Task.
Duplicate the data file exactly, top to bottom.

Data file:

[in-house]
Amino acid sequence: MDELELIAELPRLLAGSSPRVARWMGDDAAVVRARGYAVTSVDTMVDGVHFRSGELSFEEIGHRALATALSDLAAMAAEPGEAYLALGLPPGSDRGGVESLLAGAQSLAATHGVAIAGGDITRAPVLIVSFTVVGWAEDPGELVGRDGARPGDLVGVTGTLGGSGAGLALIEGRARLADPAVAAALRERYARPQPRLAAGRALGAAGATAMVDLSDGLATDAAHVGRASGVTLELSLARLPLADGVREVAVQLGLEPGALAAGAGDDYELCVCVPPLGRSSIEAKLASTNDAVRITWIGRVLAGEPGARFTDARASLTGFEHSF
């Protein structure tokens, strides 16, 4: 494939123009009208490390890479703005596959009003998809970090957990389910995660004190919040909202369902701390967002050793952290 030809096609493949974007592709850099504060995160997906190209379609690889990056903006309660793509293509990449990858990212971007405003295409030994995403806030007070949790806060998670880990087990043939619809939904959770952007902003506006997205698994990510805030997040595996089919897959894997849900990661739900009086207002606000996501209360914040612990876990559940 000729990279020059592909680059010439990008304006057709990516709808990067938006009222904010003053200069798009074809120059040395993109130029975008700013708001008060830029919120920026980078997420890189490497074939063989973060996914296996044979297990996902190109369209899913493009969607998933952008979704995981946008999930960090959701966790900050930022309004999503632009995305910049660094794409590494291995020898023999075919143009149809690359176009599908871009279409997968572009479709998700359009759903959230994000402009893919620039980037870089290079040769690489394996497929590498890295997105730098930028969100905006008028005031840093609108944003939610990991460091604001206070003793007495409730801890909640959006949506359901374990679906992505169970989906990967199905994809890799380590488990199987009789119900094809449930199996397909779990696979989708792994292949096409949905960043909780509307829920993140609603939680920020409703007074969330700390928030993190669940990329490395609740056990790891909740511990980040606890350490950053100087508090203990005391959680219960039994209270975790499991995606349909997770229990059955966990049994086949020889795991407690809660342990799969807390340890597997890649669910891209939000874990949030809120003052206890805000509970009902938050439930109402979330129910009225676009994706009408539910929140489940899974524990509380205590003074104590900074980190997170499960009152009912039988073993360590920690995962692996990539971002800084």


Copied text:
[in-house]
Amino acid sequence: MDELELIAELPRLLAGSSPRVARWMGDDAAVVRARGYAVTSVDTMVDGVHFRSGELSFEEIGHRALATALSDLAAMAAEPGEAYLALGLPPGSDRGGVESLLAGAQSLAATHGVAIAGGDITRAPVLIVSFTVVGWAEDPGELVGRDGARPGDLVGVTGTLGGSGAGLALIEGRARLADPAVAAALRERYARPQPRLAAGRALGAAGATAMVDLSDGLATDAAHVGRASGVTLELSLARLPLADGVREVAVQLGLEPGALAAGAGDDYELCVCVPPLGRSSIEAKLASTNDAVRITWIGRVLAGEPGARFTDARASLTGFEHSF
């Protein structure tokens, strides 16, 4: 494939123009009208490390890479703005596959009003998809970090957990389910995660004190919040909202369902701390967002050793952290 030809096609493949974007592709850099504060995160997906190209379609690889990056903006309660793509293509990449990858990212971007405003295409030994995403806030007070949790806060998670880990087990043939619809939904959770952007902003506006997205698994990510805030997040595996089919897959894997849900990661739900009086207002606000996501209360914040612990876990559940 000729990279020059592909680059010439990008304006057709990516709808990067938006009222904010003053200069798009074809120059040395993109130029975008700013708001008060830029919120920026980078997420890189490497074939063989973060996914296996044979297990996902190109369209899913493009969607998933952008979704995981946008999930960090959701966790900050930022309004999503632009995305910049660094794409590494291995020898023999075919143009149809690359176009599908871009279409997968572009479709998700359009759903959230994000402009893919620039980037870089290079040769690489394996497929590498890295997105730098930028969100905006008028005031840093609108944003939610990991460091604001206070003793007495409730801890909640959006949506359901374990679906992505169970989906990967199905994809890799380590488990199987009789119900094809449930199996397909779990696979989708792994292949096409949905960043909780509307829920993140609603939680920020409703007074969330700390928030993190669940990329490395609740056990790891909740511990980040606890350490950053100087508090203990005391959680219960039994209270975790499991995606349909997770229990059955966990049994086949020889795991407690809660342990799969807390340890597997890649669910891209939000874990949030809120003052206890805000509970009902938050439930109402979330129910009225676009994706009408539910929140489940899974524990509380205590003074104590900074980190997170499960009152009912039988073993360590920690995962692996990539971002800084």